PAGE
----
Tolkien, 1936: The Monsters and the Critics[edit]

In his 1936 lecture Beowulf: The Monsters and the Critics, J. R. R. Tolkien noted that the dragon and Grendel are "constantly referred to in language which is meant to recall the powers of darkness which Christian men felt themselves to be encompassed. They are 'inmates of hell', 'adversaries of God', 'offspring of Cain', 'enemies of mankind'....And so Beowulf, for all that he moves in the world of the primitive Heroic Age of the Germans, nevertheless is almost a Christian knight".[40] Tolkien is here quoting a passage from R. W. Chambers's essay "Beowulf and the 'Heroic Age' in England."

After Tolkien[edit]

Peter Gainsford noted in the article "The Deaths of Beowulf and Odysseus: Narrative Time and Mythological Tale Types" that "In the twenty-first century Beowulf does not lack for commentators to defend the literary merit of the dragon episode".[39] Adrien Bonjour opined in 1953 that the dragon's "ultimate significance in the poem" remains a "mystery".[41]

The poet Seamus Heaney, author of a major translation of Beowulf, suggests that Beowulf's attitude towards fighting the dragon reflects his "chthonic wisdom refined in the crucible of experience", that is there is already a "beyond-the-grave aspect" to his resoluteness.[42] As Beowulf dies from his fight with the dragon, despite defeating it, James Parker of The Atlantic writes that "There is no transcendence in Beowulf, and no redemption [...] kill the dragon—but the dragon will get you anyway".[43] Joan Acocella states in The New Yorker that "unlike Grendel and his mother, [the dragon] is less a monster than a symbol."[44]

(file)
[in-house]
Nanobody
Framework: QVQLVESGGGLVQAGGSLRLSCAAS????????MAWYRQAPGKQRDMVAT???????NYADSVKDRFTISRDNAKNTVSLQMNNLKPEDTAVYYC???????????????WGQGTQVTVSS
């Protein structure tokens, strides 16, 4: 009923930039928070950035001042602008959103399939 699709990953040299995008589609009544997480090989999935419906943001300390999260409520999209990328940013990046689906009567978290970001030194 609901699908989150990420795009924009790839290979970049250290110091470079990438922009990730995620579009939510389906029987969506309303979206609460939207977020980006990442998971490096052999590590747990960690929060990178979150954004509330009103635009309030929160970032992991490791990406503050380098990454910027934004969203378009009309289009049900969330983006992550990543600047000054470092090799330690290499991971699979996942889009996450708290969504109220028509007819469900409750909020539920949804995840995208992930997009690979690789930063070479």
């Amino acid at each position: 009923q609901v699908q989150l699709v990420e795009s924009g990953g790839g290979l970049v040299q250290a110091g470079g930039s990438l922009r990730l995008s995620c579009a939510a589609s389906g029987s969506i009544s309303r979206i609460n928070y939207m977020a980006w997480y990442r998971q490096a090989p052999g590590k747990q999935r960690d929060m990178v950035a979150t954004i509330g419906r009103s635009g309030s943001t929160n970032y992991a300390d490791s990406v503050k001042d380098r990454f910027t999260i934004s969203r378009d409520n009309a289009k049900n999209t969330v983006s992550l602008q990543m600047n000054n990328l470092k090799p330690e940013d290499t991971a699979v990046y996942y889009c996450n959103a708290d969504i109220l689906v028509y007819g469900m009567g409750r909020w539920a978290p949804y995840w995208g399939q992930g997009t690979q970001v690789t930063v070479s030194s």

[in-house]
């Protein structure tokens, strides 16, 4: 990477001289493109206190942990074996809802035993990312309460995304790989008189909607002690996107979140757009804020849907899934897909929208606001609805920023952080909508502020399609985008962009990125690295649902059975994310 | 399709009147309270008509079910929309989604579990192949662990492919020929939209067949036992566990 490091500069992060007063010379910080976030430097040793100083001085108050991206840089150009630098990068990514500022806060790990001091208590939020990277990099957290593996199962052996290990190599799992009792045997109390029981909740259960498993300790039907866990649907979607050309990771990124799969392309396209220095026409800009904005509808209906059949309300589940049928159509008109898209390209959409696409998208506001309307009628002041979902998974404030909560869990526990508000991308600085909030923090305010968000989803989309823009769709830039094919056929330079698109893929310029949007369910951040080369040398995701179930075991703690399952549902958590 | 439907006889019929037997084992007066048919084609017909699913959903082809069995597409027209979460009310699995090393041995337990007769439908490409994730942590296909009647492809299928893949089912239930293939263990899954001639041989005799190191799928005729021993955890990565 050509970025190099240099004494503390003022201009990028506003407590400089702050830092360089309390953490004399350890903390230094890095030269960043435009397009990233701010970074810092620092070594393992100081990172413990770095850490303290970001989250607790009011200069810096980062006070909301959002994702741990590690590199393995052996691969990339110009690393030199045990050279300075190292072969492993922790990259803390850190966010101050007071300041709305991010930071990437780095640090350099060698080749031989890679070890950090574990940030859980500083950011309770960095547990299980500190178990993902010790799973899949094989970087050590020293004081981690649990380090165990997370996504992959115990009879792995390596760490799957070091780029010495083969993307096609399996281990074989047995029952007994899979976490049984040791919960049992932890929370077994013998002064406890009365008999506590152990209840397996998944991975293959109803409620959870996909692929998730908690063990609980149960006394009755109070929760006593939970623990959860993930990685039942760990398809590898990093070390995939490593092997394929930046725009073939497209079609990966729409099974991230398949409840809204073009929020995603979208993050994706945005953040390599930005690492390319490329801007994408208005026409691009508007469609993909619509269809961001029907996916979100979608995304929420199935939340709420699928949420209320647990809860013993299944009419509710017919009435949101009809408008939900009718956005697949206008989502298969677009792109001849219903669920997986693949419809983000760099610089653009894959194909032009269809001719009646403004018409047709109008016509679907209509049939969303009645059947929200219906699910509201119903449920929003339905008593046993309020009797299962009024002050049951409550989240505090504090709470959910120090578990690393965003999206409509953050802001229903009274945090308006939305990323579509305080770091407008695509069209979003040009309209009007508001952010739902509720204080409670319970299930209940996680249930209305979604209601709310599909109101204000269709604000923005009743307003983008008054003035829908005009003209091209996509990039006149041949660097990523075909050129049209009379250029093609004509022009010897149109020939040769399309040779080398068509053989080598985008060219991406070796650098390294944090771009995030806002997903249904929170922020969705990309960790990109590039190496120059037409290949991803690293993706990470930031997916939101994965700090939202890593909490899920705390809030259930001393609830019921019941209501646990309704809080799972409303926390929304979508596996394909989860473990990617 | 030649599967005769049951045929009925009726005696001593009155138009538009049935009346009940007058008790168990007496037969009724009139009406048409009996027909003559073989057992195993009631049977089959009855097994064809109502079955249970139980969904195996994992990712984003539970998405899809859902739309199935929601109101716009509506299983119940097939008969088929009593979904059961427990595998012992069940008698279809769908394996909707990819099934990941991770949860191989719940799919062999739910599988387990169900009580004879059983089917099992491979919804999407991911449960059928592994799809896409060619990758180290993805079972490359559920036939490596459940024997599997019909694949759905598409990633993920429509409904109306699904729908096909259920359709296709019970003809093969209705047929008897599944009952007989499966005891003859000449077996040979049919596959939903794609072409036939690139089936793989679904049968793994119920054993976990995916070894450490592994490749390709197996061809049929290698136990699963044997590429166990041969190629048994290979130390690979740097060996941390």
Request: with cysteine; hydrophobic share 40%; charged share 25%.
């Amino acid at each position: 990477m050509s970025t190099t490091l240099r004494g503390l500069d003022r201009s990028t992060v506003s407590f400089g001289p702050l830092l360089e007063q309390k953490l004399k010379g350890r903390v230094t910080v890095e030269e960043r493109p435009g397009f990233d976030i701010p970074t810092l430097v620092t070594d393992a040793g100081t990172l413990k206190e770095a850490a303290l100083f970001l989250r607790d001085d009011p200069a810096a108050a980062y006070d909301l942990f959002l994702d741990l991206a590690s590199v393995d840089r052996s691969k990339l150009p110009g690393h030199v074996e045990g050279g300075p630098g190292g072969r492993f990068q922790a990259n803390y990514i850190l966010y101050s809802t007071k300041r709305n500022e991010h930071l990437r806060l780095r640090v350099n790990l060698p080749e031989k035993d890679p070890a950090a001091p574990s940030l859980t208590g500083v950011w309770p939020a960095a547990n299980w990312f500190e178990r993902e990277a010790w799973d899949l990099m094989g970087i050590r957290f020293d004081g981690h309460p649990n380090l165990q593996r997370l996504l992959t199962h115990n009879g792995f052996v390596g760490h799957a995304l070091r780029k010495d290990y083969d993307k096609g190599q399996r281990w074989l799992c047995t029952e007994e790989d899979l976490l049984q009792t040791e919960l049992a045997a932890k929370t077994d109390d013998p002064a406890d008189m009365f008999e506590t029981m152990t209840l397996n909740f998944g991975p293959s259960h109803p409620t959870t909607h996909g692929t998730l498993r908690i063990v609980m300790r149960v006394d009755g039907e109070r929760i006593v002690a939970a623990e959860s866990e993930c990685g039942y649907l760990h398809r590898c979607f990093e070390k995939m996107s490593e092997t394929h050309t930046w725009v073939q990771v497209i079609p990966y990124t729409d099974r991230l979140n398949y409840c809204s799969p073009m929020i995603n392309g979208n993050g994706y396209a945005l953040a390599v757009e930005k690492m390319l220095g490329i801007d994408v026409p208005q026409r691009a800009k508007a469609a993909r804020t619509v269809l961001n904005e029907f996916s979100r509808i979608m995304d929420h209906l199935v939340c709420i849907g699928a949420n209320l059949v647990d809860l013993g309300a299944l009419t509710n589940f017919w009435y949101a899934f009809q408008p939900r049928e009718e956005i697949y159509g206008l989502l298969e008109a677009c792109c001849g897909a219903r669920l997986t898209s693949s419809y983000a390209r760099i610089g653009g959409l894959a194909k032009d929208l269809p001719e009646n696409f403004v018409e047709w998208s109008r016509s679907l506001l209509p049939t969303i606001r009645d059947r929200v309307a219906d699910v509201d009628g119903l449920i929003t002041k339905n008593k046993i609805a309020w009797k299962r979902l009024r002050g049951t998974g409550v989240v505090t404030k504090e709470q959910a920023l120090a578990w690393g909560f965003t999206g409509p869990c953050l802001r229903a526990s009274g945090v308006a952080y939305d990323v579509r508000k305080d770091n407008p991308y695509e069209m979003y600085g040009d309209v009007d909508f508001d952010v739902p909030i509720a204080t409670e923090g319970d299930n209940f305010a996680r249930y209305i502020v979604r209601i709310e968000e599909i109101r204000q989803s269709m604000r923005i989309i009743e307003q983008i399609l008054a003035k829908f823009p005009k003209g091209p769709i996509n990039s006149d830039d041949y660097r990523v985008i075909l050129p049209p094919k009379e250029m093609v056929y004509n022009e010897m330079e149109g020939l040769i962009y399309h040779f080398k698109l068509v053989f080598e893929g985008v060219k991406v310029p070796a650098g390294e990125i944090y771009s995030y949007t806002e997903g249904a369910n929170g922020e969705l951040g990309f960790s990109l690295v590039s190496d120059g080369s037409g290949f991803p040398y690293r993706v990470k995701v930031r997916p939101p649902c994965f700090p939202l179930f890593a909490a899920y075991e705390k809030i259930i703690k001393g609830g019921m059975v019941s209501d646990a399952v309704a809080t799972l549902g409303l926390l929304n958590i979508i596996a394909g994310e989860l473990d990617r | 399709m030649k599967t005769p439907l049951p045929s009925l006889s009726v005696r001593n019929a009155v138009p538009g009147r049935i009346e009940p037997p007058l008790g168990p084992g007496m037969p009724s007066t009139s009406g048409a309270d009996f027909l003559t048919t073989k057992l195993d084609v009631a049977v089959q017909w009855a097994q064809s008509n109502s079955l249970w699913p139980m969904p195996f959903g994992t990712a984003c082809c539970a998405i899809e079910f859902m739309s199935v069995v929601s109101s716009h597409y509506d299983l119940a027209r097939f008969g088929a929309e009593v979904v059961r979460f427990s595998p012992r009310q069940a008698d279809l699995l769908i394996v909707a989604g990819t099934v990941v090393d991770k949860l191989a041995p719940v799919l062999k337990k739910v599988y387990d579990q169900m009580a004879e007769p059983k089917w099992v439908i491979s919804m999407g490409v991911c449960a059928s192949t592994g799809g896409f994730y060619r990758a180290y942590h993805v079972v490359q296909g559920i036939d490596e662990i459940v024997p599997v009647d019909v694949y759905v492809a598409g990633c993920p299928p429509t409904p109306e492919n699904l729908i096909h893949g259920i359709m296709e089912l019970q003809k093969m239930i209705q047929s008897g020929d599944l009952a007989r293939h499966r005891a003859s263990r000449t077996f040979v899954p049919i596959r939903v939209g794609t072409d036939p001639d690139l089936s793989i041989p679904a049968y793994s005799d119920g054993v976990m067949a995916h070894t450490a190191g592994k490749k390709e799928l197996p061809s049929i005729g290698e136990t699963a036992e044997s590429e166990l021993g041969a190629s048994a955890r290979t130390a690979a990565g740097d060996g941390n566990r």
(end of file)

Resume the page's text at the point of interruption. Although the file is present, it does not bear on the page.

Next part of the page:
In From Homer to Harry Potter: A Handbook on Myth and Fantasy, Matthew Dickerson and David O'Hara argue that the Beowulf poet added the figure of the dragon to "the pot...that is ladled out of by most modern fantasy writers"; they argued that both numerous works with villainous dragons, as well as literature with benign dragons like the My Father's Dragon books and the Pern series by Anne McCaffrey, were influenced by Beowulf's dragon. Dickerson and O'Hara further elaborated that through its dragon, Beowulf turned the "notion of having a monstrous evil (and not mere human foes) as the enemy" into "a hallmark of modern fantasy" present in C. S. Lewis' Narnia books, Ursula K. Le Guin's Earthsea books, and the Thomas Covenant series by Stephen Donaldson.[45]